Spinal seeding was the predominant pattern of distant failure. The outcome for patients with evidence of spinal seeding at the time of diagnosis is summarized in the footnotes of Table 36.1. The risk of spinal failure relative to both tumor type and radiotherapy field arrangement for patients without evidence of spinal seeding at diagnosis is shown in Table 36.3. Patients with PPTs (other than pineocytomas) and GCTs (other than mature and immature teratomas) had the greatest risk of spinal failure.


Table 36.3
Probability of spinal failure in patients without evidence of spinal seeding at diagnosis


































































Histologic types

No. with spine failure/total no. of patients (%)a

1. Mature and immature teratoma

0/16 (0 %)

2. Mixed NGGCTb

1/24 (4 %)

3. Other NGGCTb

3/9 (33 %)

4. Germinoma

8/46 (17 %)

5. Pineocytoma

0/7 (0 %)

6. Pineoblastoma, PPTID, mixed PPT

8/14 (57 %)

Total

20/116 (17 %)

Probability of spinal failure according to the radiotherapy fields in patients without evidence of spinal seeding at diagnosisc (including only seeding malignancies) (%)

Histologic types

PB

WB

CSPRT

Total

1. NGGCTd

2/4 (50 %)

0/8 (0 %)

1/11 (9 %)

3/23 (13 %)

2. Germinoma

7/25 (28 %)

1/11 (9 %)

0/10 (0 %)

8/46 (17 %)

3. PPTe

2/3 (66 %)

2/5 (40 %)

4/6 (66 %)

8/14 (57 %)

Total

11/32 (34 %)

3/24 (13 %)

5/27 (19 %)

19/83 (23 %)


PB partial-brain fields, WB whole-brain fields, CSPRT craniospinal irradiation, NGGCT nongerminomatous germ cell tumor, PPT pineal parenchymal tumor, RT radiotherapy

aSome of these patients received no RT

bOf the NGGCT patients with spinal failure, three of these patients had teratomas with malignant transformation and one had a yolk sac tumor. Not all of the patients with NGGCTs received RT

cThis included only patients with potentially seeding tumors (NGGCTs excluding mature and immature teratomas, pineal parenchymal tumors excluding pineocytomas, and germinomas) who received RT. One patient with a NGGCT received no RT and later had a spinal failure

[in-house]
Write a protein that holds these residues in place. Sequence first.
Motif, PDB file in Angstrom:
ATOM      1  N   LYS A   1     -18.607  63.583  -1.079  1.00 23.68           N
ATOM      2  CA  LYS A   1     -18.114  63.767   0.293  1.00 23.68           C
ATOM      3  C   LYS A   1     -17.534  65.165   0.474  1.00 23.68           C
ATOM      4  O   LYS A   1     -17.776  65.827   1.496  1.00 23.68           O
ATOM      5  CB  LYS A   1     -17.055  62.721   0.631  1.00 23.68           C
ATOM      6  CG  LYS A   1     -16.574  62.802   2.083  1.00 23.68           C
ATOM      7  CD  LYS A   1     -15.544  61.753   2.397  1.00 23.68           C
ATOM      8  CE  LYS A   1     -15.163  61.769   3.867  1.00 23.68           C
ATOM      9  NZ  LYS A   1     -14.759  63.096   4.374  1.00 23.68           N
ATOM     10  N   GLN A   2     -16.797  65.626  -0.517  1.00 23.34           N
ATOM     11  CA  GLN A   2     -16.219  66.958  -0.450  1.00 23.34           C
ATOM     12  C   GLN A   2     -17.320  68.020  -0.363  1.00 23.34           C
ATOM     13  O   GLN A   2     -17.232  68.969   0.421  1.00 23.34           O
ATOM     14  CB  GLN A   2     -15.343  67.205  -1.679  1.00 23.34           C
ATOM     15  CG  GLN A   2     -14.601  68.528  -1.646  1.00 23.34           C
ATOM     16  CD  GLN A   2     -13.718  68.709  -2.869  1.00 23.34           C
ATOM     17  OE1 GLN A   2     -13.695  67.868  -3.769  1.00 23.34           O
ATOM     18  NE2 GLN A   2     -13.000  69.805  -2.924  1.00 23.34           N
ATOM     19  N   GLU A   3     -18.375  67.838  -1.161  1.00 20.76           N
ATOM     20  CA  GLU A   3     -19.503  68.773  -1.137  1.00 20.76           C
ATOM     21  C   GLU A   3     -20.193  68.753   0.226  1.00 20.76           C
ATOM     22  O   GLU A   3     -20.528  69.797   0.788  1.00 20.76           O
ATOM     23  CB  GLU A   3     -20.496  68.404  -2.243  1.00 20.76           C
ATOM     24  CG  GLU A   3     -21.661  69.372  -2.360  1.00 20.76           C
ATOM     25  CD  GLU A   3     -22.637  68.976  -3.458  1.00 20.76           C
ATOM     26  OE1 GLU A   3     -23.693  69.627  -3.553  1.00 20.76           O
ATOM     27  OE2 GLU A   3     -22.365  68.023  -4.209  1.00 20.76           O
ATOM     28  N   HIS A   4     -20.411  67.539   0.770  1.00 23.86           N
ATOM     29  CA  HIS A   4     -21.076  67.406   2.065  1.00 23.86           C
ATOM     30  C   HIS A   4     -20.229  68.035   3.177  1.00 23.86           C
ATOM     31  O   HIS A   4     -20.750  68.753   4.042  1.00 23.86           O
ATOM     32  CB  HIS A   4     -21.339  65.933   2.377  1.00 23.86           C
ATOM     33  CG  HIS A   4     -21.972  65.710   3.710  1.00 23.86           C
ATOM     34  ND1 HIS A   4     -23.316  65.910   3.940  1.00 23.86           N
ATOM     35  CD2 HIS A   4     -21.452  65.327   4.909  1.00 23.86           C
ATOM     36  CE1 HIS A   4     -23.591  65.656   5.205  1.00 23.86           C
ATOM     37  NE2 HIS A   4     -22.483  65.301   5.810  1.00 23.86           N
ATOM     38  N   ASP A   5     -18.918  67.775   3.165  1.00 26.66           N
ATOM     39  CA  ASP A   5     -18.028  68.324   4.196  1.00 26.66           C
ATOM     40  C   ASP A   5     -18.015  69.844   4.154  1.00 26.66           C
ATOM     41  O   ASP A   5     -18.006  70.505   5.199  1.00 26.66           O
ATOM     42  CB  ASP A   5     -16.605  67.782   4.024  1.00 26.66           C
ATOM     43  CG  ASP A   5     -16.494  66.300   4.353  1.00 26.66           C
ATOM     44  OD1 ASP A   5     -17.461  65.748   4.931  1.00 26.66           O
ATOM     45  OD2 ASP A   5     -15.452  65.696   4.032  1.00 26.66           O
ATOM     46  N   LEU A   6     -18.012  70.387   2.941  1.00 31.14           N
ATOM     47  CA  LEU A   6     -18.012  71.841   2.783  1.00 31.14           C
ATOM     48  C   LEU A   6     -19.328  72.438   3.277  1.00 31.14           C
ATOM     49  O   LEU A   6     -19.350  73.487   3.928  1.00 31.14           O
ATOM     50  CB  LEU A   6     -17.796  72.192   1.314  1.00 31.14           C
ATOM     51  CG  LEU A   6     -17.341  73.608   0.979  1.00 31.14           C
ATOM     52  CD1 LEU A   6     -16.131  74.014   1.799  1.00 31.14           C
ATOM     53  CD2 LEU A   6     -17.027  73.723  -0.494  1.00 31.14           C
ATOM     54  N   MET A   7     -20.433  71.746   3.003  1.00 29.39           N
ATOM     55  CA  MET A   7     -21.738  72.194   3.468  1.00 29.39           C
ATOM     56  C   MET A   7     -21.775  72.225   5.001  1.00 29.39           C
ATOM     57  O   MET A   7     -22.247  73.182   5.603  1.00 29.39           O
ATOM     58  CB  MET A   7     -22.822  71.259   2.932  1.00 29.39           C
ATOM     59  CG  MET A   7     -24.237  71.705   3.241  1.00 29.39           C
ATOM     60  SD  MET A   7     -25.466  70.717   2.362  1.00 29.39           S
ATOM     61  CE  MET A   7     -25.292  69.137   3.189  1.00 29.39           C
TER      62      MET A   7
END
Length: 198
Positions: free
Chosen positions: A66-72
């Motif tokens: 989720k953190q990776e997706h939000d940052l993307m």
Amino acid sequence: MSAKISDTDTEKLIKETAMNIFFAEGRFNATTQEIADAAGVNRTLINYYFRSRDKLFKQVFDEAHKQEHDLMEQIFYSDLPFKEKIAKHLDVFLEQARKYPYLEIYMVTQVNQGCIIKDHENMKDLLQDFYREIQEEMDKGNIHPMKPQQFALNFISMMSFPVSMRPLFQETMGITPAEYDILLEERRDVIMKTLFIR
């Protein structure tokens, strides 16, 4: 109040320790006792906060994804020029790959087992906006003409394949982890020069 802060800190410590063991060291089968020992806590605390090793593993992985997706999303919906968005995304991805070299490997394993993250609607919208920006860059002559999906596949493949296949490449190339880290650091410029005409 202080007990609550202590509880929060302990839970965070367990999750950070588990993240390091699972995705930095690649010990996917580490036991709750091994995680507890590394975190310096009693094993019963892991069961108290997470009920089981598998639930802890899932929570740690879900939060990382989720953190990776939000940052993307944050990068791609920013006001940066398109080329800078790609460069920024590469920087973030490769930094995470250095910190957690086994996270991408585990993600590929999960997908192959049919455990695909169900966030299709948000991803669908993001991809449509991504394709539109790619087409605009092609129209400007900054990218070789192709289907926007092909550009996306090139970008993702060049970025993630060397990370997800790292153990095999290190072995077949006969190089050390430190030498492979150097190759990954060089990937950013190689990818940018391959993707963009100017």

dNGGCTs excluding mature and immature teratomas

eExcluding pineocytomas

Only one patient developed distant metastases outside the central nervous system. This individual had a mixed GCT with a component of malignant teratoma. After placement of a ventriculo-peritoneal shunt for the treatment of tumor-induced hydrocephalus, he developed peritoneal metastases and died.



Conclusion


Pineal region tumors are rare and include a large variety of lesions. Many studies included patients whose tumor types were not histologically verified because of the risks associated with operative intervention [10, 11, 1618]. As a result, these series may have included patients with benign processes such as cysts and vascular lesions. Prognosis is clearly dependent upon tumor histology. This finding has been reported by many investigators [1932], with patients with pineocytomas, germinomas, and mature teratomas demonstrating the most favorable survival rates.

Jennings et al. found that survival was dependent upon the extent of tumor, which emphasizes the importance of careful staging [25]. The staging workup should include a careful history and physical examination, MRI of the brain and spine, spinal fluid cytology, complete blood cell count, chemistry panel, baseline ophthalmologic exam, and tumor marker studies (AFP and β[beta]-HCG from both the CSF and serum). Caution should be exercised when obtaining CSF from patients with increased intracranial pressure, because herniation of the brain may occur if pressure is rapidly reduced.

The treatment of pineal and other primary CNS GCTs requires a precise knowledge of tumor histology. Obtaining a histologic diagnosis is important because optimal therapy for the various tumor types differs significantly. Improvements in surgical technique and postoperative care have decreased the morbidity once associated with resection or biopsy of these tumors. Popovic and Kelly reported on 34 patients with pineal lesions who underwent 66 stereotactic procedures at the Mayo Clinic (including 37 biopsies and 10 resections) [15]. Diagnostic tissue was obtained in 33 of the 34 patients. No mortality or permanent morbidity was observed. Because the survival of patients with NGGCTs appears dependent upon the extent of resection, total resection should be attempted in all cases where it can be safely performed. Obtaining tissue for diagnosis is recommended in all patients with pineal region tumors whenever possible.

Platinum-based multiagent chemotherapy has dramatically improved the outcome in patients with NGGCTs [11]. Our series revealed that a significant increase in survival was associated with the administration of chemotherapy to patients with NGGCTs other than mature and immature teratomas. Many other authors have recommended the use of platinum-based multiagent chemotherapy for the treatment of NGGCTs of the brain [20, 21, 25, 26, 3236].

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Jun 2, 2017 | Posted by in GENERAL RADIOLOGY | Comments Off on Pineal Tumors: Viewpoint—Fractionated Radiation Therapy